(As I advised, this particular narrative about cane mills is rambling, long-winded, and personal. Worse, this paragraph is anticlimactic, being more a description of the times than a linear account. Regardless, I feel an obligation to report myself as it relates to an East-Berrien Hendley, Mr. Hilton Hendley, the game warden. I have also written this paragraph because it puts a limit on the extent of mischief that wholesome young boys allowed themselves in the rural South in the 1950s and 1960s. There was a veritable gang of young boys who let their time drift between school, work, and entertainment, which consisted of two main types, hunting and bragging about hunting. (It was not scary to be alone at dark up to the crotch in a swamp hunting ducks, but it was way too scary to talk to a girl at that time, so entertainment was hunting and bragging about hunting.) Of course, among the boys, some specialized more in entertainment than school and work. Context is needed. For an urbane reader or for a younger person--if one does not have the advantage of descent from Highland stock--it might be a little difficult to understand right away how a person can be passionately disrespectful of authority, but respect the person upholding the law. That is the way we were and I won't bore you with the details, but it is a heritable trait, expressing itself in the general population as teen rebellion, but constituitively expressed across all demographics in my little hometown. As an example, I once watched my father, whose pride, independence and stubbornness bordered on pathological, patiently wait until a policeman completed a parking ticket, only to remove it, shred it, throw it on the ground, all done with the full attention of the policeman. As a second example, I was a small child when we were stopped for speeding. It was a short diversion as apparently Daddy was obliged to remind the patrolman that the personal allegiance he had to a fellow Mason exceeded that he had to the law. As a final example and one I find humor in, Willie Luke (the husband of Aunt Maggie, grandfather L.G. Outlaw's sister) lived in Lanier County, but wanted his children to attend school in Berrien County. The law didn't stand in the way and Daddy sent the school bus to snatch those children everyday and bring them to the good schools in Berrien County. All this was small stuff for someone who had bootlegged (and worse) earlier in his life. [I must note that my sister had a conniption about this statement, thinking it sullied my father's memory. She added that he was young, homeless, and under the influence of others. I noted these "others" were his uncles. She replied that one of them was a preacher. I said that made the remaining one even worse. We found common ground finally by acknowledging that this enterprise was not a way to make a living, but just a sideline, like making syrup is for most folks these days.) In sum, I was about 11 when I realized that when Daddy declined something "because it is illegal," he was just politely refusing. That is all to say that, at best, laws were considered guidelines, but usually laws were considered more like one person's opinion of how to do something. Thus, we all started driving before the legal age, and most of our parents were more concerned about how they were going to get us off motor scooters and motorcycles and into something with a little more metal protecting us. In short, by 14, we were free agents in cars, trucks or pieces of one of those, and this gave us access to the whole outdoors, at almost any time of day or night. Disrespecting authority, we were an unorganized gang, but for early-morning hunting for doves, strictly illegal, we'd meet over at Dr. Brown's, who went out of his way to appear gruff, but the twinkle in his eyes gave him away. Mrs. Brown, bless her soul, just took it all as a mother's duty to get up at 4:30 am and cook breakfast for whatever bunch of boys Butch invited. Butch was popular (as were his parents), so the group was large and might include Hank Snead, the best shot among us, one of my best friends, and one who specialized more in entertainment than school or work, and Chip Yancey, also one of my best friends, who worked hard but studied hard too, and was a little short on entertainment if anything. These three friends and many other neighborhood boys (Lamar Weeks, Henry Gray, Chuck Herndon, Bill Mathis, Freddie Duncan, Wayne Watson, Tommy Hand, Jimmy Watson, to mention a few) died long before their time leaving many of us (Terry Smith, Harry McNabb, Bob Lovein, Dane Perkins, to mention a few others) sad, but cherishing the memories all the more. As the eating and the bragging stage of hunting ended, the gang would pile up into cars, particularly Butch's old Ford station wagon, and head for the fields to hunt illegally. Just before leaving Butch's, it was an uncommon amount of fun to call the radio station and have "On the wings of a snow white dove, God sent his pure sweet love . . ." played and dedicated to Mr. Hilton. I don't know whether he knew about our taunts, but in our minds, it elevated the cost of getting caught as we were not only the predator, but also prey. Looking back, I'm glad he didn't catch us since it just would have enraged our parents against authority, and I absolutely, totally, and unconditionally guarantee that our parents would have embraced us, hunkered down, and defeated any offensive. As I said, I am glad we weren't caught, but I do smile if I think about what the glare on my mother's face would have looked like. I'd bet that if she had not been able to use that glare, as close to a snarl as a glare can be, she would have had to curse from time to time.)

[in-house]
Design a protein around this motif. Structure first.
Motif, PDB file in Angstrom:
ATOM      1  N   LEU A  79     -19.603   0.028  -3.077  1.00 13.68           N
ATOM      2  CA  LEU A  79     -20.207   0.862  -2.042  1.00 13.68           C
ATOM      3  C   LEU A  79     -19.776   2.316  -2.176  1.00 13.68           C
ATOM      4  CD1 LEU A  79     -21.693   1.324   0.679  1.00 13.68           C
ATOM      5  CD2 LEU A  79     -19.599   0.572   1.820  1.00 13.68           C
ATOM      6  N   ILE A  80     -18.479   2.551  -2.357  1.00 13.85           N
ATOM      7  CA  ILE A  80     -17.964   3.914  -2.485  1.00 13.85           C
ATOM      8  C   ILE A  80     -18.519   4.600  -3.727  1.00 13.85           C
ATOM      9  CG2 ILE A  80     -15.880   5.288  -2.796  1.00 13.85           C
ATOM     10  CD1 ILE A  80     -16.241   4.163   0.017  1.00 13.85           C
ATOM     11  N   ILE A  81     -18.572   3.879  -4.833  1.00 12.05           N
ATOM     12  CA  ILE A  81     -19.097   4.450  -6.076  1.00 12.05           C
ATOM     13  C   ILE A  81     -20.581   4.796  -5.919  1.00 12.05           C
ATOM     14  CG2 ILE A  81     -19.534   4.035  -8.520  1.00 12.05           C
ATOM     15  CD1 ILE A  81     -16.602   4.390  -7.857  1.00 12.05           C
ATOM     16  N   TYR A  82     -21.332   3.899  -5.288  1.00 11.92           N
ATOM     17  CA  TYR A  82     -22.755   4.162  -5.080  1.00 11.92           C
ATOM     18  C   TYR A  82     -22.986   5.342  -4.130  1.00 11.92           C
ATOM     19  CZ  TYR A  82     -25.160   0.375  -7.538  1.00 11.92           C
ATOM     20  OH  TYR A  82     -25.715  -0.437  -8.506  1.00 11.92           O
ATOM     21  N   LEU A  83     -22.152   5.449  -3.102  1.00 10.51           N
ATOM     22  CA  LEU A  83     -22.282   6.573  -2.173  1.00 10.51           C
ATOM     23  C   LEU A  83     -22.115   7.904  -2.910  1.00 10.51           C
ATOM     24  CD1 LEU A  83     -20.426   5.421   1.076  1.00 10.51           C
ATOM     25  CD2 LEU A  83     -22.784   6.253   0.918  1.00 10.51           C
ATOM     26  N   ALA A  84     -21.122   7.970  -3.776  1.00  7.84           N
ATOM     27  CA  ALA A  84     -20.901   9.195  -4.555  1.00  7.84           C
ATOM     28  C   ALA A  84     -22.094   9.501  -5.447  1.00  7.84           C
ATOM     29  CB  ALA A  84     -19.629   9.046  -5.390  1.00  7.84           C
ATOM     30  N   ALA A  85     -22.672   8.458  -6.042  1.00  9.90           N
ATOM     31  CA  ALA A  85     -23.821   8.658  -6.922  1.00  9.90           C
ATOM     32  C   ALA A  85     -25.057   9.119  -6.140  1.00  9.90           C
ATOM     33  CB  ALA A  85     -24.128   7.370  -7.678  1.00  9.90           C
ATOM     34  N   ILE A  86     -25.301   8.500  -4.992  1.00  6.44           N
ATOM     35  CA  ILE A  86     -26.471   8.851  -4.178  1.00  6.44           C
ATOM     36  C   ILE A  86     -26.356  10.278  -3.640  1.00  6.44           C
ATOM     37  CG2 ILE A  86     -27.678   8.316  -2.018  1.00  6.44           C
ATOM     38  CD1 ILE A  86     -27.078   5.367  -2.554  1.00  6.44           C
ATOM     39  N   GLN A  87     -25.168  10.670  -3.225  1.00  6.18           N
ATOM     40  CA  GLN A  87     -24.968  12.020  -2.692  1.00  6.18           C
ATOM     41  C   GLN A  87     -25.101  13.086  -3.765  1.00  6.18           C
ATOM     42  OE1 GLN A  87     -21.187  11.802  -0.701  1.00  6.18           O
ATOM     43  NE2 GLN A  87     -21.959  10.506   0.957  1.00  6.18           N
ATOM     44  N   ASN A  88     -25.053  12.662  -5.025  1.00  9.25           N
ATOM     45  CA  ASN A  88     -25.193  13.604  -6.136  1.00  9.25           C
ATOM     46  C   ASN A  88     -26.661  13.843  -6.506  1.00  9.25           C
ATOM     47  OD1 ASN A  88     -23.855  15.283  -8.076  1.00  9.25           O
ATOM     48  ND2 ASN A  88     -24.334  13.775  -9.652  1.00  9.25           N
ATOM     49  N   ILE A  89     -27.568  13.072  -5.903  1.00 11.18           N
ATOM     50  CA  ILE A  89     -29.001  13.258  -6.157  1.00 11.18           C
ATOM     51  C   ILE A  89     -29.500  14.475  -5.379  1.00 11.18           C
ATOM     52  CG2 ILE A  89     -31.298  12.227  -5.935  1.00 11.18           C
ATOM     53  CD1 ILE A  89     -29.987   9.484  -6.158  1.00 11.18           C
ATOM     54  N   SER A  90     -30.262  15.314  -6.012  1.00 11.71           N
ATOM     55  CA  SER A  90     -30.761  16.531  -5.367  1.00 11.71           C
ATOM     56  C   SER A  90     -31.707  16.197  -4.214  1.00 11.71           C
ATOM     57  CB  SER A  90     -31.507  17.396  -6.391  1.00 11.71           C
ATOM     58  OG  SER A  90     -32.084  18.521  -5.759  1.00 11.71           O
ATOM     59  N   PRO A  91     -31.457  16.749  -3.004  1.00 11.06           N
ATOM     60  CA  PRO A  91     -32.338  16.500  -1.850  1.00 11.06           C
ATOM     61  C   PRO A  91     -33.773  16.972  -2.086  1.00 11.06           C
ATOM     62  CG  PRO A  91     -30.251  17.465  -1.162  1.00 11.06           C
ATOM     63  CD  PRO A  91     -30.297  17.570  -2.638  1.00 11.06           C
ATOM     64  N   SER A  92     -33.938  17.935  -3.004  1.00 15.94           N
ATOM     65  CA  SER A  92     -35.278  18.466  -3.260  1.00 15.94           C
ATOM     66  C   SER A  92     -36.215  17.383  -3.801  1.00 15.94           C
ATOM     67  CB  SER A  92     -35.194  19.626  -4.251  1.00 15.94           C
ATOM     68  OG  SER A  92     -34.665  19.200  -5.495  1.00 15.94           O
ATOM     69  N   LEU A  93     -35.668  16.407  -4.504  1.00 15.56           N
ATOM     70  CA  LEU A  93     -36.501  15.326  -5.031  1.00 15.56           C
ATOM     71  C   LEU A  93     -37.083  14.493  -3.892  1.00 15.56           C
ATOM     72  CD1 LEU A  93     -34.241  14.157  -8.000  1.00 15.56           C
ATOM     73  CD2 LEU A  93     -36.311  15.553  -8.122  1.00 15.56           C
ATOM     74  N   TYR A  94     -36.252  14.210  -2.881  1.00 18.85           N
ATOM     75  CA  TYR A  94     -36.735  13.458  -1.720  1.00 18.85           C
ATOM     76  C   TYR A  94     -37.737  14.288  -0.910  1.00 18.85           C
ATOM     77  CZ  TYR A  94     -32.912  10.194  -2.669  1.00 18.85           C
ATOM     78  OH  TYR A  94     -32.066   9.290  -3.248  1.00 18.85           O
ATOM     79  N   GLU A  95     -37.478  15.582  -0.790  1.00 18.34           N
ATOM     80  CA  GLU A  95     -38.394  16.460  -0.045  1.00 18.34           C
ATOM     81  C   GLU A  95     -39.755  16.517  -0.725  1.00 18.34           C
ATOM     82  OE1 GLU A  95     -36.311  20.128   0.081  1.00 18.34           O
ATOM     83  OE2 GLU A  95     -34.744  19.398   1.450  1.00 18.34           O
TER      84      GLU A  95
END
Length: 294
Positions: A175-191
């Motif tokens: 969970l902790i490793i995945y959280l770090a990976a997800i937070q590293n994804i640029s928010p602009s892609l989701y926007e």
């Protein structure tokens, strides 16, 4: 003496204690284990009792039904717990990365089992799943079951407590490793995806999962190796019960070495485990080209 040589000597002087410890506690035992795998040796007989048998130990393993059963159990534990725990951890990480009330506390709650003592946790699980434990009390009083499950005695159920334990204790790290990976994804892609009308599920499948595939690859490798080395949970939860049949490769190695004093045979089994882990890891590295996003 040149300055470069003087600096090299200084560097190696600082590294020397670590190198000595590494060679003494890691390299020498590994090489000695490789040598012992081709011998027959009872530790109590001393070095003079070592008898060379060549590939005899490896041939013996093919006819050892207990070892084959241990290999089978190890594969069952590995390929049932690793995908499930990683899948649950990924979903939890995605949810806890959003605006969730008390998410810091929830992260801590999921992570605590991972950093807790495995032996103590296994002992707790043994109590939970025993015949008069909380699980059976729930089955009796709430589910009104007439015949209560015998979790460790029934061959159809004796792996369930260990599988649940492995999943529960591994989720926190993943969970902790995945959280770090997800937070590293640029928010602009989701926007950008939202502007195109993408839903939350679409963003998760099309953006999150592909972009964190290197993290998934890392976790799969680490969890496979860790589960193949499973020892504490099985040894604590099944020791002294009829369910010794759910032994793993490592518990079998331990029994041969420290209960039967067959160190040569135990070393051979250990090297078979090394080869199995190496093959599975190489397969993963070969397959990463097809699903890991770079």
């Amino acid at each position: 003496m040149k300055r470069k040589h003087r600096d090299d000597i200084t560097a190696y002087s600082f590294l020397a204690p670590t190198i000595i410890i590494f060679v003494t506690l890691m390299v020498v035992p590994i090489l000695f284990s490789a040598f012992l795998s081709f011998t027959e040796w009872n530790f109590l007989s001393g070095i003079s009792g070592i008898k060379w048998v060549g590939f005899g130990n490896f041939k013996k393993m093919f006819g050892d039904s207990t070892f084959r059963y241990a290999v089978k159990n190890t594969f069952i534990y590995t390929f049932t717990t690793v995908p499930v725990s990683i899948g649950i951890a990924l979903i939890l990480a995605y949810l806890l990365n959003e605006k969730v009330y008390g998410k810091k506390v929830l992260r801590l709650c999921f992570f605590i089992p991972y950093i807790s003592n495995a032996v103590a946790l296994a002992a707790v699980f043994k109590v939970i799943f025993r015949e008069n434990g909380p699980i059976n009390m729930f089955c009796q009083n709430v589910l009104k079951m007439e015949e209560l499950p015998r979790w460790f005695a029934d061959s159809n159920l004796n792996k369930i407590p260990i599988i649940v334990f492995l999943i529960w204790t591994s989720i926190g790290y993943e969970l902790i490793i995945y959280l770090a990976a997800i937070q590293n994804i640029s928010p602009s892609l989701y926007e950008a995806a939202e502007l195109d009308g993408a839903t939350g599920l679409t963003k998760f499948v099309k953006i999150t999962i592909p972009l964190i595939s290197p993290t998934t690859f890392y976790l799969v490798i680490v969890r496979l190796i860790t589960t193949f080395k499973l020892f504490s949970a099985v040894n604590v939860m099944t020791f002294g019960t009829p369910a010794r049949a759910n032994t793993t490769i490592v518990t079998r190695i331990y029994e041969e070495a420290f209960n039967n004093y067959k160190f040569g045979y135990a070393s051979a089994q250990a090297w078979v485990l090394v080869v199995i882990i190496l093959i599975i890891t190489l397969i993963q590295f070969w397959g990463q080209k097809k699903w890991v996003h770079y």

For the remainder of this narrative, I will properly focus on Mr. Perry Hendley and his son, Elison. Their farms joined our family farms (see Mark Watson), being near the Ten-Mile Creek that originated at Avera Mill Pond (now, Lake Lewis). In the end, we were even closer as Elison bought the Joe Holland place when it became available. (Granny Watson never let Grandpa live down the fact that he didn't buy this place, but I think that Grandpa was happy with what he had, and Granny Watson's family did not serve as an inspiring financial model anyhow.) Specifically, the land north of that marked "Herbert Watson" is the Joe Holland place and the land joining that to the east is the Perry Hendley place (see paragraph 1). This proximity obviously lead to many interactions, all of them positive from my point-of-view, formed early and maintained until the present. I was indeed in awe of the Hendleys. They seemed to stand a little taller, wear stiffer shirts, keep cleaner fence rows, have better pastures, and Elison, in particular, made a fine figure riding his horse. When I look back, I can think of many things that the Hendleys did for me, but nothing I have done for them, except maybe take good care of pleasant memories. As some small examples, Mr. Perry chipped our trees (really, it was a fine black elderly employee of Mr. Perry, Mr. Sylvester Copeland, who cleared the paths from tree-to-tree, who used the hack to cut streaks, who used the broadaxe to put in the gutter, who hung the cups, who scraped the face, and who dipped the gum-how prophetic was his name!). Mr. Perry and Elison gave me my first cane. On another occasion, Elison pulled me out of the ditch and realized I didn't need to be lectured (and even politely pretended to have forgotten about it years later). . . . and, the list could go on.